FacebookTwitterGoogle+RedditEmail

George Ciccariello-Maher vs. the White Power Alt-Right

by

Photo by Erik Drost | CC BY 2.0

Photo by Erik Drost | CC BY 2.0

 

In the decade I have known George Ciccariello-Maher – as a colleague, co-author and personal friend – he has always excelled at exposing and challenging injustices in sharp, uncompromising terms that highlight hypocrisy with passionate and often blunt wit.  He inspires friends and enemies alike; while I openly count myself in the former group, it is unfortunately the latter group which has made George the topic of conversation this week.  On Christmas eve Ciccariello-Maher jestingly tweeted “All I want for Christmas is White Genocide” – a clear and direct satire of a white supremacist trope through which neo-Nazis and other racist groupings argue that things like immigration and interracial marriage are “undermining the Aryan race.”  Ciccariello-Maher’s simple, sarcastic comment stoked the ire of Breitbart (and the even further fringe-Right social media) bringing this manufactured controversy to the inboxes of Drexel administrators on Christmas day, who have thus far capitulated to this attack, an effort concocted in the cesspool of racial hatred attempting to re-brand itself as the so-called Alt-Right.

I am angered by this situation, but honestly not terribly surprised.  This contrived ‘hate-speech’ controversy ironically stems from George pithily retorting to the long-established racism of the individuals and groups now attempting to repurpose liberal notions of political correctness against a longtime promoter of racial justice by trying to intimidate a renowned university into muffling one of their most important voices.  Thus far they are succeeding.

“Make America McCarthyist Again”

This pattern of singling out progressive or radical thinkers who have a degree of social influence is longstanding, but it has taken on new forms in the era of social media.  Like the House Un-American Activities Committee of the 1950s, these recent efforts to undermine free speech, disrupt the personal lives of prominent critical figures, while intimidating others into silence, today’s Red-baiting has become far more insidious and anonymous (and even less accountable) in the age of the internet and Right-wing news media echo-chamber.  Recent hysterias produced by Far-Right media, and amplified through social media, brought about the ouster of President Obama’s Green Jobs Czar, Van Jones, as wells as Shirley Sherrod, a prominent figure at the Department of Agriculture.  Both lost their jobs due to false accusations of ‘anti-white bias’ manufactured by Breitbart and later pushed by Fox News.  You may also remember Breitbart’s role in destroying ACORN, with doctored videos which were edited to appear as if ACORN workers were helping an alleged pimp set up a prostitution business.  Peddlers of both dog-whistle politics and plain-old overt racism such as Breitbart have little to lose by engaging in these hatchet adventures, while their army of assorted reactionary internet trolls have obviously zero accountability and nothing better to do.  If they succeed in getting Ciccariello-Maher formally reprimanded, or worse, they can chalk this up as another victory and move on to the next target, maybe just go down the Professor Watchlist one by one.  If this effort fails, they retain their ‘credibility’ with their base of ideological adherents and this farcical identity politics of white victimhood simply entrenches itself a little further.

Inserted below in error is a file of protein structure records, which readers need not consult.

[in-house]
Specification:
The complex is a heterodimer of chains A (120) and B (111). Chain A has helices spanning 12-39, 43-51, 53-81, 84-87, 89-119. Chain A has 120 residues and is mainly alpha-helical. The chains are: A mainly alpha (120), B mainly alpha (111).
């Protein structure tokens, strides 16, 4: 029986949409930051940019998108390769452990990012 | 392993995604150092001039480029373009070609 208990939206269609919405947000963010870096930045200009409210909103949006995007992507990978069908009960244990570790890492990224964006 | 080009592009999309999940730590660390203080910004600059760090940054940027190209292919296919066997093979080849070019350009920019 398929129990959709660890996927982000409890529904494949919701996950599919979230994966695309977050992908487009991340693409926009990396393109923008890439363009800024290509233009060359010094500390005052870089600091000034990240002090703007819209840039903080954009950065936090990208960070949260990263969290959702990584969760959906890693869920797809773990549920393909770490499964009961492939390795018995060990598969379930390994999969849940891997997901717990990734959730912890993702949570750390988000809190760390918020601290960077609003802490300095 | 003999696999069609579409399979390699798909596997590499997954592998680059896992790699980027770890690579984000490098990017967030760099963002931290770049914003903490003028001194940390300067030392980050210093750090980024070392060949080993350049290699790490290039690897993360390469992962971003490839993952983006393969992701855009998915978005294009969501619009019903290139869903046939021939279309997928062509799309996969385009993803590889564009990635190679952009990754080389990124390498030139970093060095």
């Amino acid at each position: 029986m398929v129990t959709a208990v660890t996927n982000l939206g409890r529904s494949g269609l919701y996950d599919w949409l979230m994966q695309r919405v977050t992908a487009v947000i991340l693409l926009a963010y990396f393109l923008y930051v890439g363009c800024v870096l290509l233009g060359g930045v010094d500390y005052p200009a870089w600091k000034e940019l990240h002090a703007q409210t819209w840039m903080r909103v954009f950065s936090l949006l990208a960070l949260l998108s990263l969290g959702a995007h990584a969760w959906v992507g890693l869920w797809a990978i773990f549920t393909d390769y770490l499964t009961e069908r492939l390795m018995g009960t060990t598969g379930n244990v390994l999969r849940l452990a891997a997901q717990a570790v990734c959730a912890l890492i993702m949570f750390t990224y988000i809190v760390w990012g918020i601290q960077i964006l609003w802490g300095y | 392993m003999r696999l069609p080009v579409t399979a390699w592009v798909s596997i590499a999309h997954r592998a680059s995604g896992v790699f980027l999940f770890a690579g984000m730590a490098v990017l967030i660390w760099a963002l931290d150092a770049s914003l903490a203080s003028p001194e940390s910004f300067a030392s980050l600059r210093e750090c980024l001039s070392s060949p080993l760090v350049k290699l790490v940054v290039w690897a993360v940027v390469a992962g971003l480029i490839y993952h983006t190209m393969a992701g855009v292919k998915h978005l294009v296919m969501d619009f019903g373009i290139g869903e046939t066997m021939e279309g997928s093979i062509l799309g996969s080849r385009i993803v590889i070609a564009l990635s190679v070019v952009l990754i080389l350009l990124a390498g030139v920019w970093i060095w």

Academic Freedom vs. Making Twitter a “Safe Space” for Racist Trolls

Within the academy there have been a litany of politicized attacks against proponents of a just settlement to the Israeli occupation of Palestine (Steven Salaita), the silencing of anti-war voices (Ward Churchill), as well as political campaigns against radical feminists and anti-racists that have exploited purposely-vague university codes of “civility” to silence critics of social injustice.  Too often these efforts have proved fruitful, tarring the name of the institutions which deferred to them, inspiring further attempts to use refashioned political correctness to pursue an overtly reactionary political agenda.  At an absolute bare minimum, it is the job of fellow academics, responsible journalists, and everyone who does not want to see the 4Chan troll army and the cowards sending Ciccariello-Maher death threats further empowered and emboldened, to speak and act in Dr. Ciccariello-Maher’s defense.  This contrived controversy is not about whether or not you share George’s acerbic sense of humor.  This is not a debate about appropriate academic standards of etiquette or professionalism.  Whether or not his tweets disturb the liberal sensibilities or norms of comportment among some on the Left or in academia, failure to stand in active solidarity with Dr. Ciccariello-Maher, directly helps to further legitimize and empower the racist online cesspools that spawned this situation.  Those that seek to further undermine academic freedom and free speech, primarily targeting radical anti-racists, are emboldened by Trump’s election and are looking to flex their muscles in the real world and see how far they can push.  By no means will this be their last effort, but the stakes are presently high, as we await the Drexel administrations next move.